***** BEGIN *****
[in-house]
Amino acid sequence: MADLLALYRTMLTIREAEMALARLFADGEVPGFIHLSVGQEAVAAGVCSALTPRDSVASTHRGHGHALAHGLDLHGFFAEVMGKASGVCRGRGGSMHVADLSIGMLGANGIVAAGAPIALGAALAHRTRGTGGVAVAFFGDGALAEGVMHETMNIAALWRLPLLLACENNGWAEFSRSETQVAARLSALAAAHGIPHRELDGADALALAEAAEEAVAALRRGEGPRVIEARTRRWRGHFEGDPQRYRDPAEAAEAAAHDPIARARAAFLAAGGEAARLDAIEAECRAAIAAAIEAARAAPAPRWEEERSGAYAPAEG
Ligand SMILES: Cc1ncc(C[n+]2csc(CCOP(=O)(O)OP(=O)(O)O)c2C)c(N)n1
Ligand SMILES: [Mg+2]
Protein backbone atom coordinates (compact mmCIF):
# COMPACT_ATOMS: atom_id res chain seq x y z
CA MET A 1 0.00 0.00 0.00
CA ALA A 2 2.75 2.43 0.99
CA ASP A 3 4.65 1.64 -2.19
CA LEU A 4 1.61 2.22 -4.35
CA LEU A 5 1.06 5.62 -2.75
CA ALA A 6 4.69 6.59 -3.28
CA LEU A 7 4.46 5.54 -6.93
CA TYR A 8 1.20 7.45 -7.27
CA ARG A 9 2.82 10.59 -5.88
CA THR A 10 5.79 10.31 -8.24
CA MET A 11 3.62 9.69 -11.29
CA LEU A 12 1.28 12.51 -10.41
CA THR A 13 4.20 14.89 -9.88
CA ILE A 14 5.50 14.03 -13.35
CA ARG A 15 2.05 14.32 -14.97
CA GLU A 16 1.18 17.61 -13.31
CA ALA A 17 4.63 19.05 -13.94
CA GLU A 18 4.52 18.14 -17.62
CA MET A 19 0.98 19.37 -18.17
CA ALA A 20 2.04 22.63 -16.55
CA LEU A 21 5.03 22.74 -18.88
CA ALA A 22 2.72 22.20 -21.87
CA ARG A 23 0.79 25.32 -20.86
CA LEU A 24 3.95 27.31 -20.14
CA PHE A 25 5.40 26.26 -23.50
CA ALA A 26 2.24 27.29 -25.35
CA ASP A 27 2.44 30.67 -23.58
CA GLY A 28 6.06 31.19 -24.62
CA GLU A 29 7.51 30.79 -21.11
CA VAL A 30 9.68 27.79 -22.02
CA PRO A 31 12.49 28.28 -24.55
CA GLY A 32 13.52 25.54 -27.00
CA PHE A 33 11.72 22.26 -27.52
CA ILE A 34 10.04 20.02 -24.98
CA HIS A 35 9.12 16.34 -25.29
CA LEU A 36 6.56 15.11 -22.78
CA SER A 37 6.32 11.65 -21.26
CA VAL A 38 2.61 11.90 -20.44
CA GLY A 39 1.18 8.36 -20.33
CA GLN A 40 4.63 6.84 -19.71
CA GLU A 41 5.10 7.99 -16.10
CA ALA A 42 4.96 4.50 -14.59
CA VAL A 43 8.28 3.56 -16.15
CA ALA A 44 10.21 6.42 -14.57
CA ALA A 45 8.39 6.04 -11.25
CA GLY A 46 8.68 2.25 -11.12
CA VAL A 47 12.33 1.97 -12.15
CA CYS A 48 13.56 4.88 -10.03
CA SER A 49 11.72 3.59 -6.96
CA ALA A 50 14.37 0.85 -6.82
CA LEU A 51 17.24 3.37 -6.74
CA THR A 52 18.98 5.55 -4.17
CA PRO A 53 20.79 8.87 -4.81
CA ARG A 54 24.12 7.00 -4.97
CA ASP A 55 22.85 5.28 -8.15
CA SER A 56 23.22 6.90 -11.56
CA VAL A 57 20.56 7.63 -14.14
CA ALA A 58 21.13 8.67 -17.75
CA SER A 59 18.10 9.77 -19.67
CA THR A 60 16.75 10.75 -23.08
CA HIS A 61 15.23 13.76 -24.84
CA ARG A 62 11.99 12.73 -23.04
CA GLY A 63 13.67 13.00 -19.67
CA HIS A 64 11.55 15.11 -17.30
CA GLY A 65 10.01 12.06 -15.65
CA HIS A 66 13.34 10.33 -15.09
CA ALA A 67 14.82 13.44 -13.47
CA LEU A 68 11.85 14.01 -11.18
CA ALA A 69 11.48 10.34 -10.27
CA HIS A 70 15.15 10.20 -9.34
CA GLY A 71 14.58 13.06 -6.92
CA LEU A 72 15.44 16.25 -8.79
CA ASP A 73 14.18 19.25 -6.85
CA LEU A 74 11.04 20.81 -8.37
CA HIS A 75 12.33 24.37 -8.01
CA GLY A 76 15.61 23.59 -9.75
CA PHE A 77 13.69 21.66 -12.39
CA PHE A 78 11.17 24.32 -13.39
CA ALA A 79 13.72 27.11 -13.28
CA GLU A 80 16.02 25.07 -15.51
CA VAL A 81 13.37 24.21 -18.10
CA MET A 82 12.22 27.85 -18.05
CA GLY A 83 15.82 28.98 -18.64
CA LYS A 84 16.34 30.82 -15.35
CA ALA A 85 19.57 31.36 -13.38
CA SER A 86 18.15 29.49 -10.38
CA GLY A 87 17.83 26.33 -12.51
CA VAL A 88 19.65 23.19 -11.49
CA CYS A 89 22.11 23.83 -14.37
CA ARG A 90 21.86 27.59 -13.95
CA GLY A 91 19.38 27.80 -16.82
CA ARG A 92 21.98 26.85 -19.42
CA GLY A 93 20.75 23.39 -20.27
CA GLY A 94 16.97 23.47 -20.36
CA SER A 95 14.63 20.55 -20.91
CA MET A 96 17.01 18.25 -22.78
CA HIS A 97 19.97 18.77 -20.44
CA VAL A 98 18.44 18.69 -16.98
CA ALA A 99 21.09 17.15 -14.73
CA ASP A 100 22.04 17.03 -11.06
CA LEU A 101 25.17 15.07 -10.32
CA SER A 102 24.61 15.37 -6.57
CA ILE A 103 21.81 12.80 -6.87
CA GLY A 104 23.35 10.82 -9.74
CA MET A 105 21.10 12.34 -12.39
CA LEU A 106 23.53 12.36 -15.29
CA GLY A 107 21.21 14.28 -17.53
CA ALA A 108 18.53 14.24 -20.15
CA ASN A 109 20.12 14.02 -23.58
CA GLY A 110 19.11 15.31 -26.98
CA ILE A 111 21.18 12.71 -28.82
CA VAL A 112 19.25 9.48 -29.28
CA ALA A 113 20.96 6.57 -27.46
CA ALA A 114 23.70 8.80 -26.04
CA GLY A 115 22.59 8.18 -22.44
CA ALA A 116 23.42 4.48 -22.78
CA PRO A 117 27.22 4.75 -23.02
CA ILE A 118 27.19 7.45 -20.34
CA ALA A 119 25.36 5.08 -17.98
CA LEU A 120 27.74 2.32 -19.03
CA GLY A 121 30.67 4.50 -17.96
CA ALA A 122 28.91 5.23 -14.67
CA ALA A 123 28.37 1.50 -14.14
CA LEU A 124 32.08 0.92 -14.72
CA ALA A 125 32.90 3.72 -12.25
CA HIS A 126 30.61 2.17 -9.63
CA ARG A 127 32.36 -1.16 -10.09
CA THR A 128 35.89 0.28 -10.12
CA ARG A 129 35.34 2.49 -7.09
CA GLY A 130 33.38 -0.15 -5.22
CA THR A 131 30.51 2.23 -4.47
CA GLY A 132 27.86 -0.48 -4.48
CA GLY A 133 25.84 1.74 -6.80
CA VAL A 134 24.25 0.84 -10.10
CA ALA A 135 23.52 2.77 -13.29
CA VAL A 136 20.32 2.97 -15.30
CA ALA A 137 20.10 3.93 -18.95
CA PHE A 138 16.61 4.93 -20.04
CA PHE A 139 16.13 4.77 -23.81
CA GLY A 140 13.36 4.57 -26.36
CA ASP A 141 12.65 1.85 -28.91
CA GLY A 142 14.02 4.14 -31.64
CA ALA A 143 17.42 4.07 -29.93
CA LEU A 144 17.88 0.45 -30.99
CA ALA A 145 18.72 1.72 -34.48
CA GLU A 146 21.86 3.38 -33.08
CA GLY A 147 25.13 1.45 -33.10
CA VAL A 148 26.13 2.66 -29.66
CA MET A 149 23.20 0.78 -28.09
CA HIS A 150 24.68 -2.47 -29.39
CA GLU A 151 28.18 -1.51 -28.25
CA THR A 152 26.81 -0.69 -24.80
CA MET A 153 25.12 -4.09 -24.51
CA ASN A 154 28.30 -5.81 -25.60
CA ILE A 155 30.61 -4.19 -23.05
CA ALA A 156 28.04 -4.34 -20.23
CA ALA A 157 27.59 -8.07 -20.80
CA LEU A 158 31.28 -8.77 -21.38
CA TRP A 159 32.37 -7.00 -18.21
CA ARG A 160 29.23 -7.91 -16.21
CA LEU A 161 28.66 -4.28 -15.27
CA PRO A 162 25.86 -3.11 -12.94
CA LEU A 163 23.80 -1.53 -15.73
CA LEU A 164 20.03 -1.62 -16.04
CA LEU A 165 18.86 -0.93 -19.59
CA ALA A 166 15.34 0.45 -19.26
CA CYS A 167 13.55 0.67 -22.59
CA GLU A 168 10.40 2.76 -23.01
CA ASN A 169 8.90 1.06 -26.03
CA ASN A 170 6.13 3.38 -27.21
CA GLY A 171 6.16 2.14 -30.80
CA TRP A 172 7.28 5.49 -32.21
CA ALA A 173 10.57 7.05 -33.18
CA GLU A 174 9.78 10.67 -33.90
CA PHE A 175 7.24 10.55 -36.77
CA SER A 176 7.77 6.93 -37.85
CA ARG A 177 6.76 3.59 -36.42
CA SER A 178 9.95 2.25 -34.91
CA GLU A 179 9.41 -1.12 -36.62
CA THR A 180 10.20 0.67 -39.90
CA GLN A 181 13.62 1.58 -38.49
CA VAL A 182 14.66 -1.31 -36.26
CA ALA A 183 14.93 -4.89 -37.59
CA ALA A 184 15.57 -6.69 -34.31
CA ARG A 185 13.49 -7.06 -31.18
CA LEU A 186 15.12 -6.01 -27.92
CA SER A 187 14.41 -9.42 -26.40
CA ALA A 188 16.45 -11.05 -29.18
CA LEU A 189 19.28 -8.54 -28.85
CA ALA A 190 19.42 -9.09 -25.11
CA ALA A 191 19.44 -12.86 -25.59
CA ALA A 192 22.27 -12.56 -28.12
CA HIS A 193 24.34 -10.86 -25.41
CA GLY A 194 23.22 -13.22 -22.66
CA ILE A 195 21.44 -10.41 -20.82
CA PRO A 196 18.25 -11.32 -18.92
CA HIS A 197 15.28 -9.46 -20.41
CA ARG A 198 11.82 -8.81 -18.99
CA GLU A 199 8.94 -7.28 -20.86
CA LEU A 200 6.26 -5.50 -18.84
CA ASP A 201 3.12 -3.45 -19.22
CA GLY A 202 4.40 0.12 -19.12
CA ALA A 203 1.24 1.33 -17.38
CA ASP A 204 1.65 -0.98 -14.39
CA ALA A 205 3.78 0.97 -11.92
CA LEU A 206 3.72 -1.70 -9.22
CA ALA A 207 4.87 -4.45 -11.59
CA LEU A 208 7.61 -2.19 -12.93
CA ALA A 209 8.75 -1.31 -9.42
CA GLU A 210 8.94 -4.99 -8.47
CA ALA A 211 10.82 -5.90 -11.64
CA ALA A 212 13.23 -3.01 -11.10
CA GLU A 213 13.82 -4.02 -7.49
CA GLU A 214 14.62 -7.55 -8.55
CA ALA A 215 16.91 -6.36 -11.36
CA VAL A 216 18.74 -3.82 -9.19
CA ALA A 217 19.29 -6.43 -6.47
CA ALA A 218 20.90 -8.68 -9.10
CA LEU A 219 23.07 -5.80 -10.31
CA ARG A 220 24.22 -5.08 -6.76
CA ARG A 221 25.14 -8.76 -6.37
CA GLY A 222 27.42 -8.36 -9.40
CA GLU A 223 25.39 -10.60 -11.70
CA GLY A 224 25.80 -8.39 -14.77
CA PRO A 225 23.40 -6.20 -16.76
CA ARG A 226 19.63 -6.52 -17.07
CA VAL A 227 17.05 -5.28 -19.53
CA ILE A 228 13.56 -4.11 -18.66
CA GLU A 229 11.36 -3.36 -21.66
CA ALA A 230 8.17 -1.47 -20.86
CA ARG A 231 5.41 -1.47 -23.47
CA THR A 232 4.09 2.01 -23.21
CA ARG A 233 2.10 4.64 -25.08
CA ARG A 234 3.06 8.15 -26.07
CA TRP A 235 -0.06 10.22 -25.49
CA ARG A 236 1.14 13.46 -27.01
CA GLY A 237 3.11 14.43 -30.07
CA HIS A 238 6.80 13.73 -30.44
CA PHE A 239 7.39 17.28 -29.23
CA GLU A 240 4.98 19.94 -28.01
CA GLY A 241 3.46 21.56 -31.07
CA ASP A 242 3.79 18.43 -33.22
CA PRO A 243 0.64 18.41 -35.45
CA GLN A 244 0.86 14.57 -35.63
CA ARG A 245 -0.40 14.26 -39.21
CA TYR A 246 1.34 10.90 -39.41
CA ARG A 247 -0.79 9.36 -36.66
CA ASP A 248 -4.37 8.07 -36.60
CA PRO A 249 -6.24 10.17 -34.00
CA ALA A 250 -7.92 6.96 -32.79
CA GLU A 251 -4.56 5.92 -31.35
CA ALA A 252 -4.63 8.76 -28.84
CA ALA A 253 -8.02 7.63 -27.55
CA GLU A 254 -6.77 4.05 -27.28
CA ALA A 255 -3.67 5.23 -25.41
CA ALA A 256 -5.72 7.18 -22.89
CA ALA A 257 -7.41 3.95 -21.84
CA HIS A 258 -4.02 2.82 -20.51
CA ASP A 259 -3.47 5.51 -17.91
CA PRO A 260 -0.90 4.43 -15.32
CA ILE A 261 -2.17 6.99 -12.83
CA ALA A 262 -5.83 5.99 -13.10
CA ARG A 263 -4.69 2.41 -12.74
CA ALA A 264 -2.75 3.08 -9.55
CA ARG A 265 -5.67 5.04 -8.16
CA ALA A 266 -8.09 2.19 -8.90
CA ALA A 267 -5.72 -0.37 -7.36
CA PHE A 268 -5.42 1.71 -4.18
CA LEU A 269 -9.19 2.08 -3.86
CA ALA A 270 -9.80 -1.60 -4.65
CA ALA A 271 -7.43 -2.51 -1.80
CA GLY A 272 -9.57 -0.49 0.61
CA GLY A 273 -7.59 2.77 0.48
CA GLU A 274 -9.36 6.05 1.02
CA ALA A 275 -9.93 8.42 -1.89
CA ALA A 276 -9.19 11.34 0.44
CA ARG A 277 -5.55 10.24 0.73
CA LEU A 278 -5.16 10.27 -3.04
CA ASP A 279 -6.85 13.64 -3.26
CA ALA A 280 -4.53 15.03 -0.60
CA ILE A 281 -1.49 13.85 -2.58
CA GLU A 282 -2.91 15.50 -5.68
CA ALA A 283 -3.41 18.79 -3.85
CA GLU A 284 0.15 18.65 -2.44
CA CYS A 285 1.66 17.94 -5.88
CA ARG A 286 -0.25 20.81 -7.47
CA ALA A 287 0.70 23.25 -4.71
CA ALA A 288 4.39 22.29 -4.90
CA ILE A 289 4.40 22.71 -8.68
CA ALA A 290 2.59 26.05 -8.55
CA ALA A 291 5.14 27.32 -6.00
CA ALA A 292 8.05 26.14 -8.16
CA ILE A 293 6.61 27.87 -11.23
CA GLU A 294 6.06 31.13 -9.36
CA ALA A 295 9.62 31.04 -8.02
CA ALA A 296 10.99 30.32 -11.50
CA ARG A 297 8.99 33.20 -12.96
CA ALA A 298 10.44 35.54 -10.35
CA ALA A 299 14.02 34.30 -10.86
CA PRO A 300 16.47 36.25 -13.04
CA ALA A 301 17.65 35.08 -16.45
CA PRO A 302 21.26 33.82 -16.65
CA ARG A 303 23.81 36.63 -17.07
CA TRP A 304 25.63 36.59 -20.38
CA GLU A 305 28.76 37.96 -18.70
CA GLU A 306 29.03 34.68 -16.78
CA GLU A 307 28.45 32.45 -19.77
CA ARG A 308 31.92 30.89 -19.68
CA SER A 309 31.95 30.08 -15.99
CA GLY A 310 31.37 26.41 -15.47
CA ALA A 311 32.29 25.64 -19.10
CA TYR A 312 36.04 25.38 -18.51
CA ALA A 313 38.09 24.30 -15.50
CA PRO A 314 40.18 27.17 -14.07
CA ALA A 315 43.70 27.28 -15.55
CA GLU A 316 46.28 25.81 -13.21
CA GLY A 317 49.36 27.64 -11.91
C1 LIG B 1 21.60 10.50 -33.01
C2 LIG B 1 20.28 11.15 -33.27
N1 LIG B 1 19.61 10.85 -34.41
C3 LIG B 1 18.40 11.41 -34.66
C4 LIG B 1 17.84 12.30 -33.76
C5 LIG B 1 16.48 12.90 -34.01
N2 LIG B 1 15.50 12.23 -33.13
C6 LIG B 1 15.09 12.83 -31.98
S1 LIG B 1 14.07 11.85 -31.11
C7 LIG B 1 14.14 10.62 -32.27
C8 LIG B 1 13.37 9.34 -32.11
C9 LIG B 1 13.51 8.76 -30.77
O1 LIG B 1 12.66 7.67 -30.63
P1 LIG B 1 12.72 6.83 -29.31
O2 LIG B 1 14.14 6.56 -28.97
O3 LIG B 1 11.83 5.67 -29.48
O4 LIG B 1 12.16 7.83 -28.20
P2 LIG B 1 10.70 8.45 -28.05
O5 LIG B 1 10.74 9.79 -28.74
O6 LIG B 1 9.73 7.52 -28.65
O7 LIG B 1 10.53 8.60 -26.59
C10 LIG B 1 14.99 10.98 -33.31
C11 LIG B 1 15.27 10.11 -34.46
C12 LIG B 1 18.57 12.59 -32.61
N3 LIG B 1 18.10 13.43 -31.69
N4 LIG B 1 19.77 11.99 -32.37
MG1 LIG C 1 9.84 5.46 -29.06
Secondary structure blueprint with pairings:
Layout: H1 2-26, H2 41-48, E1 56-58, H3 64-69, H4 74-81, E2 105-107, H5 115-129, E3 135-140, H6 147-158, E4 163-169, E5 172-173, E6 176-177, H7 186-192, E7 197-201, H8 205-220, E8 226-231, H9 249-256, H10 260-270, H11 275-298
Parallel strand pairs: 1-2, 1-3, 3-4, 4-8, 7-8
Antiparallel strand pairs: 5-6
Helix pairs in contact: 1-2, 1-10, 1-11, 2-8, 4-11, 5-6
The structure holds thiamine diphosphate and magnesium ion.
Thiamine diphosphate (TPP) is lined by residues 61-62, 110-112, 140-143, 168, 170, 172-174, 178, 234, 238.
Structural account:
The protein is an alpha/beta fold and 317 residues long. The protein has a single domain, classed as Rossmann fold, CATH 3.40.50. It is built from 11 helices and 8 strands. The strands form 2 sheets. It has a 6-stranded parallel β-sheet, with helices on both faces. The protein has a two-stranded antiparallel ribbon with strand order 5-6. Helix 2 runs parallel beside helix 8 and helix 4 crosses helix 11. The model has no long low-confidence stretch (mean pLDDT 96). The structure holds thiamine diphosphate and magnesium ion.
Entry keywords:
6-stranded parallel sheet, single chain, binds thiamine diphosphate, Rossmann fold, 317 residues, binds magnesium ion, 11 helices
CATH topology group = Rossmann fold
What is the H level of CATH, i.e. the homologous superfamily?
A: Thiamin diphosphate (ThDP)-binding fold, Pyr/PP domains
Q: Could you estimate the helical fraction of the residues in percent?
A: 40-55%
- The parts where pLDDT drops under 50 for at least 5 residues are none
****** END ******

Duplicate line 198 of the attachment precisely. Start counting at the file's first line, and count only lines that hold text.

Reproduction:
CA ALA A 192 22.27 -12.56 -28.12